Nestle plans $20.8 billion share buyback amid Third Point pressure | Reuters
ZURICH Nestle announced plans to buy back as much as 20 billion Swiss francs ($20.79 billion) worth of shares over three years, days after U.S. activist shareholder Third Point LLC began a campaign to boost performance at the company.The New York-based hedge fund, controlled by billionaire investor Daniel Loeb, disclosed a $3.5 billion stake in the company on Sunday when it started pushing for Nestle to more aggressively boost performance and buy back shares.Nestle said its announcement on Tuesday was the result of a review of its priorities that began in early 2017
ZURICH Nestle announced plans to buy back as much as 20 billion Swiss francs ($20.79 billion) worth of shares over three years, days after U.S. activist shareholder Third Point LLC began a campaign to boost performance at the company.The New York-based hedge fund, controlled by billionaire investor Daniel Loeb, disclosed a $3.5 billion stake in the company on Sunday when it started pushing for Nestle to more aggressively boost performance and buy back shares.Nestle said its announcement on Tuesday was the result of a review of its priorities that began in early 2017. It did not mention Third Point in its statement. Third Point declined comment on Nestle's announcement.Nestle said its buyback program would start on July 4, and would be adjusted as necessary to reflect any potential big acquisitions. "In the context of low interest rates and strong cash flow generation, share buybacks offer a viable option to create shareholder value," the company said.The volume of monthly share buybacks will depend on market conditions but will probably occur mostly in 2019 and 2020, so it can consider acquisitions before then, Nestle said.
The company now expects to increase its level of debt to about 1.5 times earnings before interest, taxes, depreciation and amortization (EBITDA) by 2020. That would be up from about 0.8 times last year. HOPES OF CHANGE
Nestle shares had jumped 4 percent on Monday, adding some $10 billion in market value before falling 1.6 percent on Tuesday, on hopes the push would speed up changes under Nestle's new chief executive, Mark Schneider.On Tuesday, Nestle said it will focus any capital spending on high-growth food and beverage categories including coffee, petcare, infant nutrition and bottled water, as well as growth opportunities in consumer healthcare.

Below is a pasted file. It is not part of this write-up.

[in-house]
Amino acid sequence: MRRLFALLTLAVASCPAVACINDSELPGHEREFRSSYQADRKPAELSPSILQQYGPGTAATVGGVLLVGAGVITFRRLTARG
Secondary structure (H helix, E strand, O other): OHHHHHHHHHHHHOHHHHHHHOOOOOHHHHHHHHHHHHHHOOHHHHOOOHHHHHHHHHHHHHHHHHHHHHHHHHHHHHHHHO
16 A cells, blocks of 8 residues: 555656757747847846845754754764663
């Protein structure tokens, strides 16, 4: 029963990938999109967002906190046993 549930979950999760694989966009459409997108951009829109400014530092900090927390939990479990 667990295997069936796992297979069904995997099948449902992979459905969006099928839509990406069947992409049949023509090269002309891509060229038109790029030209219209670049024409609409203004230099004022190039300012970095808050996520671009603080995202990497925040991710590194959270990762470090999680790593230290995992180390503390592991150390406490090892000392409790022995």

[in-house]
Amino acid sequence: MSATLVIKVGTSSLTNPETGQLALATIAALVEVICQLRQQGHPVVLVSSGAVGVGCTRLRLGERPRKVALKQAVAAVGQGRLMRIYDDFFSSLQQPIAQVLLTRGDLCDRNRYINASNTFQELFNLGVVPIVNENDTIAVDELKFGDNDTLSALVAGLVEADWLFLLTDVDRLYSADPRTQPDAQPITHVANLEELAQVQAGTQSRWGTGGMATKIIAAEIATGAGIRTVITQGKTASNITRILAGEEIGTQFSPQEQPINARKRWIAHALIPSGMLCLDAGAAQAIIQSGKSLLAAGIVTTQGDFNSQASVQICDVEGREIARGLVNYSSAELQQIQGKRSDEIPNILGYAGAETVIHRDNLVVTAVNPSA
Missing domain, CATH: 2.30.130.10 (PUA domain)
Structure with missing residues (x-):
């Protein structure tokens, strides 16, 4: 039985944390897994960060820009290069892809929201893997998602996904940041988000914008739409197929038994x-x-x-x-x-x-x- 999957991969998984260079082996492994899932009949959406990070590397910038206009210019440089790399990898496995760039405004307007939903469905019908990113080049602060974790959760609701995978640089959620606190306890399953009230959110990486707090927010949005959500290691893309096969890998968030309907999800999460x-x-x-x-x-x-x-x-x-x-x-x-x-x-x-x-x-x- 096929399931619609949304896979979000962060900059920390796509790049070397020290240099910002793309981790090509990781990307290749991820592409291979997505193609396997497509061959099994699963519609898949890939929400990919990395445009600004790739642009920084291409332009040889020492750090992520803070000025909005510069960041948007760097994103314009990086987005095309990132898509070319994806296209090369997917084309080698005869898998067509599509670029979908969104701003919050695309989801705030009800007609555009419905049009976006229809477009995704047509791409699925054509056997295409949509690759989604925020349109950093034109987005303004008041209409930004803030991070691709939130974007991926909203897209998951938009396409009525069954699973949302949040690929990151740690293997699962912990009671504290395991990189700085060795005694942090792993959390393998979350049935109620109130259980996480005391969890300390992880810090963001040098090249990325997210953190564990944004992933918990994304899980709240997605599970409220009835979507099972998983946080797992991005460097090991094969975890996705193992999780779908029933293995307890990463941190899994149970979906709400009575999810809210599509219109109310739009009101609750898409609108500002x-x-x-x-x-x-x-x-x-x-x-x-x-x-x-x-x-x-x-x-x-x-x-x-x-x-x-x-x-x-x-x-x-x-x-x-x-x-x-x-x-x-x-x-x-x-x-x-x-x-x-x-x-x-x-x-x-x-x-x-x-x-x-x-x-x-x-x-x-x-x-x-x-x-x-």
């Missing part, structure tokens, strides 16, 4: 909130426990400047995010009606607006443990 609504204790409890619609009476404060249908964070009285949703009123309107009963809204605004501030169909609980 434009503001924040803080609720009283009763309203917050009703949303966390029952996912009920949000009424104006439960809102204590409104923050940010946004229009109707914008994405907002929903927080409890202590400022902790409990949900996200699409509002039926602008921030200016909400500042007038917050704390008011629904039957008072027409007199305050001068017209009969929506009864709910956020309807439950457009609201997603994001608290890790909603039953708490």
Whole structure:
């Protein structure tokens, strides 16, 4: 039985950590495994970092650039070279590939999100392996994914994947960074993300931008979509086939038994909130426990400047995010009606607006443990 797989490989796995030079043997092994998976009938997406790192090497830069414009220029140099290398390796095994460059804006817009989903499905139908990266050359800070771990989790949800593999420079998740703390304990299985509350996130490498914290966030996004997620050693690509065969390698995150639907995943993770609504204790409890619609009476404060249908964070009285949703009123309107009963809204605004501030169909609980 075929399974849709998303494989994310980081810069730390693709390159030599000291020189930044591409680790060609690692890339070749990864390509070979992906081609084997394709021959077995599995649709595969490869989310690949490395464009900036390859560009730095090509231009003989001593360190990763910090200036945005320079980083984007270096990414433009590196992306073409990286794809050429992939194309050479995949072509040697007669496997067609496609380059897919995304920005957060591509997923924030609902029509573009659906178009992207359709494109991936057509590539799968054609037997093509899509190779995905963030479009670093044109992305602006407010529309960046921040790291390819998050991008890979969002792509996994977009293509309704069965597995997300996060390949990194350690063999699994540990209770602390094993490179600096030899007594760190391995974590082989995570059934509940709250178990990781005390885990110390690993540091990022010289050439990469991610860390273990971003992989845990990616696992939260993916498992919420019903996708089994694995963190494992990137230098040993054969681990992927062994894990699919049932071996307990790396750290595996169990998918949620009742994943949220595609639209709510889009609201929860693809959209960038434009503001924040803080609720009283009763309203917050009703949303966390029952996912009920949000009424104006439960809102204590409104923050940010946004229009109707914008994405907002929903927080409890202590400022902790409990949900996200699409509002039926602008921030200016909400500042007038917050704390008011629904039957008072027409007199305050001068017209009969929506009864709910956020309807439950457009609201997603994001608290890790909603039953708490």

"Nestle's recent announcement that it would explore strategic options for its U.S. confectionery business is consistent with this overall approach," the company said. "The company will continue to adjust its portfolio in line with its strategy and growth objectives."Loeb, who has taken on giants such as Yahoo and Sony, has argued that even though Nestle has exposure to promising categories such as coffee and pet food, its shares have underperformed rivals in recent years as it has "remained stuck in its old ways".IMPROVEMENT AVENUES
"It is rare to find a business of Nestle's quality with so many avenues for improvement," Loeb said in the letter to the fund's investors. Nestle should set a target for margin growth to improve productivity, double its leverage to fund share buybacks, shed non-core assets and sell the 23 percent stake it owns in French cosmetics group L'Oreal, he said.The pressure placed on the world's largest food group, Europe's most valuable company, shatters perceptions that the Swiss giant with over 2,000 brands is too big to shake up.CEO Schneider, who had already met Loeb, seemed to hint at that last week when he told a conference in Berlin: "Size alone does not protect you from the winds of change."Coupled with a shock $143 billion takeover bid from Kraft Heinz for Unilever in February, it shows the impatience of some investors about how rapidly multinationals are adapting to slower demand.Nestle, and rivals such as Unilever and Danone are struggling to grow as emerging markets slow, consumer habits change and people flock to smaller, independent brands they see as healthier or more authentic.($1 = 0.9618 Swiss francs) (Reporting by John Miller and Silke Koltrowitz in Zurich and Michael Flaherty in New York, editing by Michael Shields)
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